“Hurrah for the Blackshirts”, wrote the Mail – and in what twisted universe is modern day UK, with more than 100,000 deaths and its economic collapse, ‘the envy of the world’?
Keir Starmer has sunk to new depths with a column for the Mail Online – which before the Second World War published a front page praising Britain’s fascist ‘blackshirts’. The Mail’s history since then has been scarcely less vile, stoking xenophobia and utterly anti-Labour – and only last week attacking Labour MP Ian Byrne for travelling 30 miles to support striking workers while ignoring Boris Johnson’s trip to Scotland.
And worse still, Starmer has stooped to amplifying Boris Johnson’s sick fantasy-propaganda, calling the UK ‘the envy of the world’ – and calling yet again for children to be sent back to school, despite the known, major role classrooms play in fuelling the coronavirus pandemic that is taking more than a thousand UK lives a day:
That’s the UK that has seen more than 100,000 utterly avoidable deaths during the pandemic, often with the world’s worst coronavirus death rate and the worst economic collapse in the developed world. And it’s not even working: Starmer is falling further and further behind the man responsible for those needless deaths.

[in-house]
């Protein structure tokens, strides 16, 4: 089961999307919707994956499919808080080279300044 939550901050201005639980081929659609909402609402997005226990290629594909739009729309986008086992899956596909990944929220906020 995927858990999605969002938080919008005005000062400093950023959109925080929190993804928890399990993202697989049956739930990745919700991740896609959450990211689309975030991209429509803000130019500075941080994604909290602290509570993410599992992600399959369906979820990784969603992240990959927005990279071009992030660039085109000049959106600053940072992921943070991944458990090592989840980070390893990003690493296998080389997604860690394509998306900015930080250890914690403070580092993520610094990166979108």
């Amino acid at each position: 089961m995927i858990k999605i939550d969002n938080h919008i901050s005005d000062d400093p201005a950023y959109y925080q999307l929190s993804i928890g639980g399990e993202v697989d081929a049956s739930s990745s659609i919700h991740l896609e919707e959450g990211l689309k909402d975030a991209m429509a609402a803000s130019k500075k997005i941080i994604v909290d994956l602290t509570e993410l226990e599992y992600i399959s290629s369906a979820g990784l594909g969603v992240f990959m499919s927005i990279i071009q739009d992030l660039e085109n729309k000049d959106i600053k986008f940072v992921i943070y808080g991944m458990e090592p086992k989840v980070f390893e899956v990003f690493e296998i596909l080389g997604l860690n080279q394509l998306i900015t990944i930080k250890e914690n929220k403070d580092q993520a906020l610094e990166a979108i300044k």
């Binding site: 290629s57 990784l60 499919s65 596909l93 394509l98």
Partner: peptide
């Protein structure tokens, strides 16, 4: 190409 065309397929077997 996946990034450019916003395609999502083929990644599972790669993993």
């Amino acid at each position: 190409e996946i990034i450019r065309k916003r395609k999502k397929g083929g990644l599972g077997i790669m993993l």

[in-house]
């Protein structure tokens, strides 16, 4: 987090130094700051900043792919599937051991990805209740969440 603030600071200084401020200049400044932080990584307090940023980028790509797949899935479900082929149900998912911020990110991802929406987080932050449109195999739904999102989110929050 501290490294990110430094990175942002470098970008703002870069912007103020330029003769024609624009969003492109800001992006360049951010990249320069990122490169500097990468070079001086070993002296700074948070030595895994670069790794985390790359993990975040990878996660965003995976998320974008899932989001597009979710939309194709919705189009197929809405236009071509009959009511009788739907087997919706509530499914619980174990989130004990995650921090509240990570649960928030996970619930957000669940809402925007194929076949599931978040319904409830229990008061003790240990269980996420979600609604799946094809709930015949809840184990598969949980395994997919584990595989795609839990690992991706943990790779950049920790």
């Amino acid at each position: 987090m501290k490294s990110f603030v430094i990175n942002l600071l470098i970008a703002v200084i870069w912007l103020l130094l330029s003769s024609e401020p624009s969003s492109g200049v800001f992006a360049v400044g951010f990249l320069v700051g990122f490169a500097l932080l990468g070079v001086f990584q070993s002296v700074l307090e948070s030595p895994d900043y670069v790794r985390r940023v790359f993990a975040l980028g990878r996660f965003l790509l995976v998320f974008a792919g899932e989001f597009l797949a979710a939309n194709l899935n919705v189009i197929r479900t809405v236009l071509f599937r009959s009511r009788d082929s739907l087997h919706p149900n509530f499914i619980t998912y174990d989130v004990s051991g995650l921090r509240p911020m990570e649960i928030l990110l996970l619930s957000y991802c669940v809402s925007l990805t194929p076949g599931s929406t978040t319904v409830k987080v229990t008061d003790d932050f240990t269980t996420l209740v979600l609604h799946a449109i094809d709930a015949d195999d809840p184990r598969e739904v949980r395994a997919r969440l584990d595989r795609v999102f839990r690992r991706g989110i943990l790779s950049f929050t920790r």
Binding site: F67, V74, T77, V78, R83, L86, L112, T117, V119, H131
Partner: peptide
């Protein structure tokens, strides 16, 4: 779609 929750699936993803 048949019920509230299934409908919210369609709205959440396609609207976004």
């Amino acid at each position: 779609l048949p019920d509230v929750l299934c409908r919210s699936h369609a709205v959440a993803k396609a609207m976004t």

Starmer’s attempt to appeal to the worst instincts and delusions of the right shames the Labour movement and is an insult to the more than one hundred thousand pointlessly dead – and to the millions who have lost loved ones and livelihoods to Boris Johnson’s murderous ‘leadership’.
He has to go.
The SKWAWKBOX needs your help. The site is provided free of charge but depends on the support of its readers to be viable. If you can afford to, please click here to arrange a one-off or modest monthly donation via PayPal or here to set up a monthly donation via GoCardless (SKWAWKBOX will contact you to confirm the GoCardless amount). Thanks for your solidarity so SKWAWKBOX can keep bringing you information the Establishment would prefer you not to know about.
If you wish to republish this post for non-commercial use, you are welcome to do so – see here for more.